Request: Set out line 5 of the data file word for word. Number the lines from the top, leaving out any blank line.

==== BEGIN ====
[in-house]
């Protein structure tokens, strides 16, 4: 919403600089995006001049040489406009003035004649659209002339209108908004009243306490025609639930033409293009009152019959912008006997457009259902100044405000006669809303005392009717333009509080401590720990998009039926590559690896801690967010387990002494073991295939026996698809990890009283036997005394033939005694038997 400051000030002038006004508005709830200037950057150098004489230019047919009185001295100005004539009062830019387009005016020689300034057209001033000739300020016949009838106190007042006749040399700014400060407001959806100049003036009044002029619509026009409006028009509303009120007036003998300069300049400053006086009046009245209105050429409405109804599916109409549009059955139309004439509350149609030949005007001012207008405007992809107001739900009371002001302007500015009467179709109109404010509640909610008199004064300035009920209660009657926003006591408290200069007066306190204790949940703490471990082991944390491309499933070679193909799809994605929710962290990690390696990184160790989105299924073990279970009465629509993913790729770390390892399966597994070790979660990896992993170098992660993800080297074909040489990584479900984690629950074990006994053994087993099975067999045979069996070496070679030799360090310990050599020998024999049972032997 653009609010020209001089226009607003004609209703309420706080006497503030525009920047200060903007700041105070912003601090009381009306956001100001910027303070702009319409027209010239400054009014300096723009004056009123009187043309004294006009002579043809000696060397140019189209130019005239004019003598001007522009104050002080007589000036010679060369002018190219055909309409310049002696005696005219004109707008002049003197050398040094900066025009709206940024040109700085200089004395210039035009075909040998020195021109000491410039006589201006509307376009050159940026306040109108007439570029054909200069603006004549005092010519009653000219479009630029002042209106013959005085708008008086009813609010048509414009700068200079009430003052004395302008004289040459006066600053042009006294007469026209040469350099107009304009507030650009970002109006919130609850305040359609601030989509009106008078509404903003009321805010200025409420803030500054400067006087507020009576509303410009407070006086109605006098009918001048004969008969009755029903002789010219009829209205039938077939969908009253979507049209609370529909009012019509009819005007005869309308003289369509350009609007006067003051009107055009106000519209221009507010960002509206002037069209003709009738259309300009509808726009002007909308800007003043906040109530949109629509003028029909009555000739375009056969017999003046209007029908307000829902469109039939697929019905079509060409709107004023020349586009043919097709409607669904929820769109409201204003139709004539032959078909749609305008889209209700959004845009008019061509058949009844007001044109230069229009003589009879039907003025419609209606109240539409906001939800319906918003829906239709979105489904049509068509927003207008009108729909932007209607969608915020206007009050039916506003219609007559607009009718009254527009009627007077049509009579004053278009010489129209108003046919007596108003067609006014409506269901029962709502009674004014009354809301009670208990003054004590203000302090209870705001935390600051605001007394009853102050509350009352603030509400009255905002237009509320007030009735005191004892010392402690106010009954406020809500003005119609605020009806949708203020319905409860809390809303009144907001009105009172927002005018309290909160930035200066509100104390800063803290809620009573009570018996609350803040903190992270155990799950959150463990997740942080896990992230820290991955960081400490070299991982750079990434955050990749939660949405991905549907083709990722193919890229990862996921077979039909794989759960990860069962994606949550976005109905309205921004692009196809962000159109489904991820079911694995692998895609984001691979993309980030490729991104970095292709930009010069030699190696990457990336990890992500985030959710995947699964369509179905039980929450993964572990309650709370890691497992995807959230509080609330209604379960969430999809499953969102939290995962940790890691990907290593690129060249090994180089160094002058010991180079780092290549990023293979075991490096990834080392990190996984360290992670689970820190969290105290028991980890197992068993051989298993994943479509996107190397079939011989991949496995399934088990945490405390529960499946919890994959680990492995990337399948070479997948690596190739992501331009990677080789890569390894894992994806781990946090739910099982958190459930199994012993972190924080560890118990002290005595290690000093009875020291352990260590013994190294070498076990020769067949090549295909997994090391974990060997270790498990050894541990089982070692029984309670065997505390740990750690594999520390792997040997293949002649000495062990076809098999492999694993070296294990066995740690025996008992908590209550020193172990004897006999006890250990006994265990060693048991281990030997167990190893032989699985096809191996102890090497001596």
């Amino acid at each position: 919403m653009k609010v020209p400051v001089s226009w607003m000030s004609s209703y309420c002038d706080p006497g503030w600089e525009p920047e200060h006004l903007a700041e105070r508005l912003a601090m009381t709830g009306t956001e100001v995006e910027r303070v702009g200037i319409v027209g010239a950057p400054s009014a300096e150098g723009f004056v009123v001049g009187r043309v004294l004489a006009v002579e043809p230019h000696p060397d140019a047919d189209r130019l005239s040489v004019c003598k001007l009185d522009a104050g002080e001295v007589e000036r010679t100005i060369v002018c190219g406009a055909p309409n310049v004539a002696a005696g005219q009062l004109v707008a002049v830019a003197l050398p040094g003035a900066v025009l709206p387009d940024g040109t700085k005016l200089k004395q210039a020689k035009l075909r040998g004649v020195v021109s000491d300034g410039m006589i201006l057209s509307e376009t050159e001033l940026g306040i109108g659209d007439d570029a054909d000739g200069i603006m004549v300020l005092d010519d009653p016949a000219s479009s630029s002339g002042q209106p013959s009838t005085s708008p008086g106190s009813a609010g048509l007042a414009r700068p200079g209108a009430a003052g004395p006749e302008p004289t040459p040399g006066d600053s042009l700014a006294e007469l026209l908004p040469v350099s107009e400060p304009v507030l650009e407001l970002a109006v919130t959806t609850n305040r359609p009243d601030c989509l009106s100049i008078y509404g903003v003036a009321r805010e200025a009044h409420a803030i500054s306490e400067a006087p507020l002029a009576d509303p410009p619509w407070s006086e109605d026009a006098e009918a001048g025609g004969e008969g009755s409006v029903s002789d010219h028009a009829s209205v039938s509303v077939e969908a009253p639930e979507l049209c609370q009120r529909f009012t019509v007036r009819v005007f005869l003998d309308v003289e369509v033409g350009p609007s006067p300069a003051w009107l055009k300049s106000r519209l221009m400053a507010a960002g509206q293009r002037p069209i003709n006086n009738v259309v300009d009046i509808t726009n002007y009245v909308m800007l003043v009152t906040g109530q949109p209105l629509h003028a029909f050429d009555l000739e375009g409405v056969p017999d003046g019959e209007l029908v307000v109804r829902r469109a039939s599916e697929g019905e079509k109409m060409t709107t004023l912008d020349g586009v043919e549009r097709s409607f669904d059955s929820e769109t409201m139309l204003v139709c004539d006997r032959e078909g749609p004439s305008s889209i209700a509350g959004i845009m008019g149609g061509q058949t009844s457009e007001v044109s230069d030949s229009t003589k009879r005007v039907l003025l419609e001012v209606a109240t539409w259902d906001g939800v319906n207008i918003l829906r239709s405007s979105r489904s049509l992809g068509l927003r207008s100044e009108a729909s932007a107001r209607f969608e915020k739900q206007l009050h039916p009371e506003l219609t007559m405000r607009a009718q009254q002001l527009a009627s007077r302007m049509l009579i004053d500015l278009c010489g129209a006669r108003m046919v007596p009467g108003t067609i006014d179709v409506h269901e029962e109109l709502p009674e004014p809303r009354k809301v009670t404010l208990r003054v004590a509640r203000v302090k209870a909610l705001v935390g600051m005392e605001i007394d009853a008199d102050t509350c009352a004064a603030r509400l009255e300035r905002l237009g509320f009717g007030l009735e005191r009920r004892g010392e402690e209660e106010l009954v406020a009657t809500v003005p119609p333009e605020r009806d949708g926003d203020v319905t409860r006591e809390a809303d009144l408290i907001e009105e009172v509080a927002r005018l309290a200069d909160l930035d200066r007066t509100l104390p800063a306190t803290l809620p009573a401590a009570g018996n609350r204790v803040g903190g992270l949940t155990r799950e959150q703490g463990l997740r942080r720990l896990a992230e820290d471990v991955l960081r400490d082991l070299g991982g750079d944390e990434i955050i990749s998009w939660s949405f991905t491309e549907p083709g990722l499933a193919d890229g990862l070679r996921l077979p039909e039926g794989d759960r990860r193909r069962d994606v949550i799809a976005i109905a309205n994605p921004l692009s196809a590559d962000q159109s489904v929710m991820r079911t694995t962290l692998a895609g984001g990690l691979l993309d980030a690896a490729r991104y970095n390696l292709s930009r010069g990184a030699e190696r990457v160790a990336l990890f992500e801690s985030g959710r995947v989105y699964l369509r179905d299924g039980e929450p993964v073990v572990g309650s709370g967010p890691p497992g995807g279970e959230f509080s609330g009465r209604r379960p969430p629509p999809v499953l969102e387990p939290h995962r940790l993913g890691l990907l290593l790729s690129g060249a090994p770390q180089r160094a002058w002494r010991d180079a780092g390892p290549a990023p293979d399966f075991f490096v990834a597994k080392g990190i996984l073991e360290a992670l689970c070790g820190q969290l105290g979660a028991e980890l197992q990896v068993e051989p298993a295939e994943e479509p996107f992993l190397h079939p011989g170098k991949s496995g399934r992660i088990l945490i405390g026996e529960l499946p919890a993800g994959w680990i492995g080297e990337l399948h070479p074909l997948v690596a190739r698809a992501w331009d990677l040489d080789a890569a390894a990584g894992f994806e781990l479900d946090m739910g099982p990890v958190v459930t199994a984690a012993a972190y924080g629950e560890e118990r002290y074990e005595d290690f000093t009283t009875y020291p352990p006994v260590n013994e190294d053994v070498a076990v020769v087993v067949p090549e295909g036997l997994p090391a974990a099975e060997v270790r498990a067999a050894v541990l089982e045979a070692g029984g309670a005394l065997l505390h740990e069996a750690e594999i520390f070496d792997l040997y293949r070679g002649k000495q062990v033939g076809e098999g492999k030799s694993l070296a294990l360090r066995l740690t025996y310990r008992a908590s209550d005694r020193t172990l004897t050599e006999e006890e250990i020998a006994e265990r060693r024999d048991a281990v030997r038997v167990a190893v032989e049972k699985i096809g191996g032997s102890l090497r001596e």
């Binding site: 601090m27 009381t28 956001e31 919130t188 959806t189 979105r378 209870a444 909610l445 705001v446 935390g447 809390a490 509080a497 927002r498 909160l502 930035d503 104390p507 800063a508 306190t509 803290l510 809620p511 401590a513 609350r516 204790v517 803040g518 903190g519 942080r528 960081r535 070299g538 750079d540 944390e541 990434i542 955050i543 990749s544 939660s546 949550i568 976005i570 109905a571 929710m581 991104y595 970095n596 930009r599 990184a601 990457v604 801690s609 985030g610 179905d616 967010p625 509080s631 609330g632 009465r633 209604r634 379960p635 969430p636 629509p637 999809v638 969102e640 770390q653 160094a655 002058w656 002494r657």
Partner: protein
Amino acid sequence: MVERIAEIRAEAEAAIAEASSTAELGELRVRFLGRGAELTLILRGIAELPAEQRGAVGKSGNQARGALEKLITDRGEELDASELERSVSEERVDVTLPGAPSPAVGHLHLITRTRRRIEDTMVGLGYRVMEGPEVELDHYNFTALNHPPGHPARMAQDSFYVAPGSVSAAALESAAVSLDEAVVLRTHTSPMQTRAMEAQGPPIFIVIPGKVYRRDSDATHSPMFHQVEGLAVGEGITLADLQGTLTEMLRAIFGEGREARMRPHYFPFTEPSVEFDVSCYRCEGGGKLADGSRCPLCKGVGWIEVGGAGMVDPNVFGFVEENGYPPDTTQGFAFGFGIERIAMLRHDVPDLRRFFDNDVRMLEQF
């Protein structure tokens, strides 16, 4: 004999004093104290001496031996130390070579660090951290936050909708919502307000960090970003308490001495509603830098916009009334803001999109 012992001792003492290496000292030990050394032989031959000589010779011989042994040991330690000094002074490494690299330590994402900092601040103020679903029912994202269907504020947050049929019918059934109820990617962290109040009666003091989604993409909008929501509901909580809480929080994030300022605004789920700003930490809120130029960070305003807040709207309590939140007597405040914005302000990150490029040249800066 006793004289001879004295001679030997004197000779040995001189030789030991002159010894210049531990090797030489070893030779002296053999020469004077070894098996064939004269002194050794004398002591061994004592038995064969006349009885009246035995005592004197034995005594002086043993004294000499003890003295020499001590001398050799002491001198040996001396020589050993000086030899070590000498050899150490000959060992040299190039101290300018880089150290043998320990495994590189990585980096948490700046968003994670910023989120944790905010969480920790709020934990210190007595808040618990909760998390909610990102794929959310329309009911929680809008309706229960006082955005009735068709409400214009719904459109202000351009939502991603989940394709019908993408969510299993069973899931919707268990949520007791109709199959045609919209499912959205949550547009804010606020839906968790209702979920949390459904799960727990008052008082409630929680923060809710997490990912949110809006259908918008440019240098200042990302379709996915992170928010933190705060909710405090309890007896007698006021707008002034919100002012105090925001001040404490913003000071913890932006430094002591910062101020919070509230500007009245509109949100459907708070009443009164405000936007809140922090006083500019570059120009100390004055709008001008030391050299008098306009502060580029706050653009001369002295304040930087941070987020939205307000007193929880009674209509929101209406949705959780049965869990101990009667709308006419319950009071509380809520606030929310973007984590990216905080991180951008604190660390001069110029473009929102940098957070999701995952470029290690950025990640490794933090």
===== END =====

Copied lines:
Partner: protein